And with good reason: the film he was about to watch was telling his own story.

“Changing the Pulse of the Province,” a 27-minute documentary, premiered Aug. 30 at the Persephone Theatre at Saskatoon’s Remai Arts Centre.

The film was the third entry in the Popcorn and Entrepreneurship series, produced by the North Saskatoon Business Association.

The movie tells the story of Al-Katib, who was born and raised in Davidson, and the company he founded, AGT Food and Ingredients.

The company distributes lentils, chickpeas and other crops to more than 120 countries internationally, generating $2 billion a year in revenue.

Though he was interviewed extensively for the movie, Al-Katib said he had no say in the final cut and had to wait for the premiere like everyone else.

In the last year, Al-Katib has received two international awards, beginning with the Business for Peace Award, presented in a gala in Oslo, Norway on May 16.

On June 10, he accepted the EY World Entrepreneur of the Year 2017 award at a ceremony in Monaco.

This string of events may have given some the perception that Al-Katib actively seeks the spotlight, but he said the truth is actually the opposite of that.

“I don’t like the accolades and all of that all the time,” he told the Leader, characterizing himself as a humble, hard-working guy who “just did my job.”

He said he hopes the film will serve as an inspiration to the next generation of entrepreneurs.

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Sabers beat Viscount 72-21 to open season

Hanley’s Parker Mooney (23) heads off Viscount’s Bryce Welter (8) during Thursday’s senior football game.

By Joel van der Veen

HANLEY — A 72-21 win in their home opener gave the Hanley Sabers a solid start to their new season.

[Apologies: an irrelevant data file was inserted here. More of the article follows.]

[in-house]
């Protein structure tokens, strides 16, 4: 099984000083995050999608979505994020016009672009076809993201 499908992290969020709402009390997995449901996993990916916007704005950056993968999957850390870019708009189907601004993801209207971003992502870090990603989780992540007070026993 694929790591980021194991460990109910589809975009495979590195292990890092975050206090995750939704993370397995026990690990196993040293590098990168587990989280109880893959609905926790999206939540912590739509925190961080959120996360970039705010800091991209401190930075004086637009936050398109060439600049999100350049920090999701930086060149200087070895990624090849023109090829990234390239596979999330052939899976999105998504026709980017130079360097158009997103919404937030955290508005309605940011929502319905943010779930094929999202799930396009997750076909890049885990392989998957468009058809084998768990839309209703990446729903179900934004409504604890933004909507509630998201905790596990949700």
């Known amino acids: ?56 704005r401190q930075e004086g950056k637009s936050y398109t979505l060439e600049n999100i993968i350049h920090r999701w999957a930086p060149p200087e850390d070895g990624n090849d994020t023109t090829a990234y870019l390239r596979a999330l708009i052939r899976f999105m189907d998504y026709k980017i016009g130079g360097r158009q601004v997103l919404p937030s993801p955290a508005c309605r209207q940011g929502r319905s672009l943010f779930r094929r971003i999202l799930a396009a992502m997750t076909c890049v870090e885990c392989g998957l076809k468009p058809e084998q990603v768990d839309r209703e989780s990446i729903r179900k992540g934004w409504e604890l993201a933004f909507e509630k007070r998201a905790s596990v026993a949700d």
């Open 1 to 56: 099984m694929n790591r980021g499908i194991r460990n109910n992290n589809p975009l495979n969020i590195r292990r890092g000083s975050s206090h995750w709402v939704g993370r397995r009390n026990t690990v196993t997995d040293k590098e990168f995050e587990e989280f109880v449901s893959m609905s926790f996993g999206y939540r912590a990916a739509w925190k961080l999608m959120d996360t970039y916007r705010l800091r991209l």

Hanley hosted the Viscount Vikings on Thursday in 1A six-man senior football action.

Though the visiting team remained competitive through the first half, the Sabers led throughout and ran away with the game in the fourth quarter, in which they added 30 points to their score.

While he was pleased with the outcome, Sabers coach Mark Anderson also said there was lots of work ahead for the team.

In particular, he said there was room for improvement with the team’s offensive line, saying they displayed skill but needed to work on their timing.

“On offence we have so many new starters,” said Anderson. “They’re just not clicking yet.”

The coach said he was feeling positive, given the team Hanley has this year and the high level of commitment they are showing.

“They’re into it fully,” he said, adding, “We’ve got to play faster and we’ve got to play tougher.”

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Gymkhana, horse pulls draw crowd to Craik

Emily Dixon competes in the pole bending event hosted by the Craik Ag Committee on Sept. 2.

By Joel van der Veen

CRAIK — A good time was guaranteed, and the Craik Ag Committee worked its hardest to deliver on that promise.

“Saddle Up, Shut Up and Hold On Tight” drew hundreds to the Craik fairgrounds on Sept. 2.

The afternoon event included horse pulls and gymkhana, with open and youth categories. A cold plate supper and cowboy social followed the main event.

“We were super happy with how it turned out,” said Kourtney Dixon, president of the revived Craik ag committee. “The people that have come out and supported us is phenomenal . . . We couldn’t ask for better.”

Dixon said roughly 200 paying guests went through the gate, in addition to children 10 and under, who were admitted free of charge.

The Craik ag committee became active again last year after going dormant in the early 1990s.

With permission from town council, they rebuilt the riding arena “from the ground up,” in Dixon’s words.

The arena measures 120 feet by 235 feet. Standing next to it is a building that houses the announcer’s booth and concession stand, along with a fenced-in area serving as the beer gardens.

The project was supported by a grant from Federated Co-op Ltd., as well as various local sponsors, whose names are carved into wooden planks that line the outer walls of the arena.